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Airstrikes in Syria’s Idlib hit near Turkish military post

August 28, 2019
This photo released by the opposition Syrian Civil Defense rescue group, also known as White Helmets, which has been authenticated based on its contents and other AP reporting, shows a civil defense worker inspecting destroyed buildings after airstrikes hit the town of Jarjnas, in Idlib province, Syria. Syrian opposition activists said government warplanes have struck towns and villages in the northwestern province of Idlib including one near a Turkish observation post. (Syrian Civil Defense White Helmets via AP)
This photo released by the opposition Syrian Civil Defense rescue group, also known as White Helmets, which has been authenticated based on its contents and other AP reporting, shows a civil defense worker inspecting destroyed buildings after airstrikes hit the town of Jarjnas, in Idlib province, Syria. Syrian opposition activists said government warplanes have struck towns and villages in the northwestern province of Idlib including one near a Turkish observation post. (Syrian Civil Defense White Helmets via AP)

BEIRUT (AP) — Syrian government warplanes struck towns and villages Wednesday in the northwestern province of Idlib, including one near a Turkish observation post, opposition activists said.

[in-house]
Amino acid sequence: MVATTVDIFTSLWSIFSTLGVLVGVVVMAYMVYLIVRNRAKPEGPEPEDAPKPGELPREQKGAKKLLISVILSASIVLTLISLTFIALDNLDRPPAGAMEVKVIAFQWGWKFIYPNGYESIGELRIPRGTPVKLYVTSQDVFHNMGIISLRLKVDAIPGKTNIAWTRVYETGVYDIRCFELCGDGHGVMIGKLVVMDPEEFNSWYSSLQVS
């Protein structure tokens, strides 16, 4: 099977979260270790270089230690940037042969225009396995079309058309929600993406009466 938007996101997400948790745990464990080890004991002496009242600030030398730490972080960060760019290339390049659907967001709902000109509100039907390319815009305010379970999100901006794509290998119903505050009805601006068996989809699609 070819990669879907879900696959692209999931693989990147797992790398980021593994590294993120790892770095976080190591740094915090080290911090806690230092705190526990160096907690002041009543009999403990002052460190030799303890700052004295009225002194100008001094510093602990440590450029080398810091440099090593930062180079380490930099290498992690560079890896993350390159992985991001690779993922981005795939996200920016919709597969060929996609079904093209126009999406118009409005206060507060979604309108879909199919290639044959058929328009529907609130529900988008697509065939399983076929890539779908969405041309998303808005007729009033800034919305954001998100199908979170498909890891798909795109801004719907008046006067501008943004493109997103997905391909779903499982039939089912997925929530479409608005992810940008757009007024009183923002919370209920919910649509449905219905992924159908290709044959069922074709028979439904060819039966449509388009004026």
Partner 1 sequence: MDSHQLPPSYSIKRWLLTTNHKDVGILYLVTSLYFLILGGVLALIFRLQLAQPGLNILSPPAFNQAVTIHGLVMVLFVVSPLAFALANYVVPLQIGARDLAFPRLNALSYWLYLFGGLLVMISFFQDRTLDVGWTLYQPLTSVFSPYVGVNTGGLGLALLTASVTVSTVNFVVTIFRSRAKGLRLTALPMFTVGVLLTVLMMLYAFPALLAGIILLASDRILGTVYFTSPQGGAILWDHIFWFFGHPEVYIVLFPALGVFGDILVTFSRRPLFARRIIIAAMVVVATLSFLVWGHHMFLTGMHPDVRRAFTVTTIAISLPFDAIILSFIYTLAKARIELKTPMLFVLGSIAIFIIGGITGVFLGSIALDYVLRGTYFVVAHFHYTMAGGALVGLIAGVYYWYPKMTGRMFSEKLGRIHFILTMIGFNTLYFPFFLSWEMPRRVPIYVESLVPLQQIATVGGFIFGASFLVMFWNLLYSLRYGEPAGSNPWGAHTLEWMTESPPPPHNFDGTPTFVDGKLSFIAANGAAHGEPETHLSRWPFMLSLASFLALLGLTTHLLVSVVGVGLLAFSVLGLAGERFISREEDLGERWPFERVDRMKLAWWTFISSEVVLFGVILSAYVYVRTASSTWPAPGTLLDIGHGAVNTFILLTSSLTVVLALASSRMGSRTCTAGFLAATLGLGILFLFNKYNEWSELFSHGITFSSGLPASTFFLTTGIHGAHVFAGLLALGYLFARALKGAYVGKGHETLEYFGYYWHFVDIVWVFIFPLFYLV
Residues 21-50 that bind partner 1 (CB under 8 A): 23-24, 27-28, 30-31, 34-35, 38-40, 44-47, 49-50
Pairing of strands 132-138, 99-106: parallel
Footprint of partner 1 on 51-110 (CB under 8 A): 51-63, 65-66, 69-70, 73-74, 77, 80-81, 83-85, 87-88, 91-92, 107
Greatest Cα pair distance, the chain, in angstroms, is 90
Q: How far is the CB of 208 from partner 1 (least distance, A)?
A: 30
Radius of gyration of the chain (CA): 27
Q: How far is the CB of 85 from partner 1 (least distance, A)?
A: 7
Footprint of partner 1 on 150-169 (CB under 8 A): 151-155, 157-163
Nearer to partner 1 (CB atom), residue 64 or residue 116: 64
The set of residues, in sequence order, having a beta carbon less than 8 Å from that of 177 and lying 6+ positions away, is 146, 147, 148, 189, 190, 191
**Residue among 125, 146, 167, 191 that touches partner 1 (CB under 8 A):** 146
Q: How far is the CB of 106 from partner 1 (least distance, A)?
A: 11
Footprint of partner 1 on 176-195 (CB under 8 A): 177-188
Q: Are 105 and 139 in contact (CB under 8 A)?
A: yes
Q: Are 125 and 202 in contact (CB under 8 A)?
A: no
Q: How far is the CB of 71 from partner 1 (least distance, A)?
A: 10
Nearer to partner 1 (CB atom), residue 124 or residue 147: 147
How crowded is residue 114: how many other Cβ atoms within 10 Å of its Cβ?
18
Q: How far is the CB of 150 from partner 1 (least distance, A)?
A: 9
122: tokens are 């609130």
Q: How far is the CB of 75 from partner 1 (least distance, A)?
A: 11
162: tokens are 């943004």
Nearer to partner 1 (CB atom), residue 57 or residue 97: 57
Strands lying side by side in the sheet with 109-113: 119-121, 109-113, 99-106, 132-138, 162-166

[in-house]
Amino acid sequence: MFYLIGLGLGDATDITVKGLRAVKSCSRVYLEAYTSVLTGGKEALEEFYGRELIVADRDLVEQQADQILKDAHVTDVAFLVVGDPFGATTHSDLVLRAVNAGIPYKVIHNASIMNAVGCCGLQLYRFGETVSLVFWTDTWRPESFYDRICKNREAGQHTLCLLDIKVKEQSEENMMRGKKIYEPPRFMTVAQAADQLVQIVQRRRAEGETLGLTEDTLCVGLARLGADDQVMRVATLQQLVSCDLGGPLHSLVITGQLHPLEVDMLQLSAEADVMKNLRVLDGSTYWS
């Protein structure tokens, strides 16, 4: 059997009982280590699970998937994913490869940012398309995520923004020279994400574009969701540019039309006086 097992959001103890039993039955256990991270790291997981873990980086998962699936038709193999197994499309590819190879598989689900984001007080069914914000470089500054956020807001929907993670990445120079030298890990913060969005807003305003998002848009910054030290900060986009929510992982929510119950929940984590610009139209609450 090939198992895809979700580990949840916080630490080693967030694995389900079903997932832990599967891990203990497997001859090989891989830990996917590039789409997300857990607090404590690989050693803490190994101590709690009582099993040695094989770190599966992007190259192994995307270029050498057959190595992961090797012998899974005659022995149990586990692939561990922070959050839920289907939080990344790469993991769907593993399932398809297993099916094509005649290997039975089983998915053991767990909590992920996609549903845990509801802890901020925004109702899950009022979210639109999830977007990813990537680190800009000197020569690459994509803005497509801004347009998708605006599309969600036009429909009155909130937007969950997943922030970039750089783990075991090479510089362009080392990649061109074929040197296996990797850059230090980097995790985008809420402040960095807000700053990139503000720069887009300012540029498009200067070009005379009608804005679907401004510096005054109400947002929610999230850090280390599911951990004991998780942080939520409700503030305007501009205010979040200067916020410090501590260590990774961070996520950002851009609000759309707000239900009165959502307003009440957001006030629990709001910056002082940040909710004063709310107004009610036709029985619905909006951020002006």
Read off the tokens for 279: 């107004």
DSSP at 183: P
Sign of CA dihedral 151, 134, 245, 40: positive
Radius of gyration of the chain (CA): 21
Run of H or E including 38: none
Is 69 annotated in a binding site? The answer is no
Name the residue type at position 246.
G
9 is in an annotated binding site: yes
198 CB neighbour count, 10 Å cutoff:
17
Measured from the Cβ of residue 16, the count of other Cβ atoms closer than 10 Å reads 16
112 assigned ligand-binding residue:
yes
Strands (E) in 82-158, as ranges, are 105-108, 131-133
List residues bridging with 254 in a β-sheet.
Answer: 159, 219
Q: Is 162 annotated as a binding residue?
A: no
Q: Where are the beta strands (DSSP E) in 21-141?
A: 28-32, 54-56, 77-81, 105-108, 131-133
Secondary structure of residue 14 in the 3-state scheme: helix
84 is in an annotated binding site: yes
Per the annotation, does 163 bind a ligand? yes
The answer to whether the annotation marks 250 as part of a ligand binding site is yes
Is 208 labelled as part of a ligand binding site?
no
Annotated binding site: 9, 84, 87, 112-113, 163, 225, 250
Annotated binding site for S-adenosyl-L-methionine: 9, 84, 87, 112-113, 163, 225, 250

The intense airstrikes came a day after insurgents launched counterattacks on the edges of Idlib, near areas that were recently captured by government forces.

The Britain-based Syrian Observatory for Human Rights said the airstrikes targeted the town of Maaret al-Numan and villages near it, with one hitting close to one of Turkey’s 12 observation posts in Idlib.

The Syrian Civil Defense said another airstrike hit a market in the town of Sarqeb, wounding eight people.

A government offensive that began on April 30 has killed more than 2,000 people and displaced half a million. Many have fled further north toward the border with Turkey.

Maaret al-Numan and Sarqeb are among the main towns in Idlib that sit on the highway that links the capital of Damascus with the northern city of Aleppo, Syria’s largest. Syrian troops captured last week the town of Khan Sheikhoun, which also sits on the highway.

Government forces are trying to eventually open the highway in what would cut the trip between the country’s two largest cities by two hours as drivers now have to take a longer and narrower desert road.

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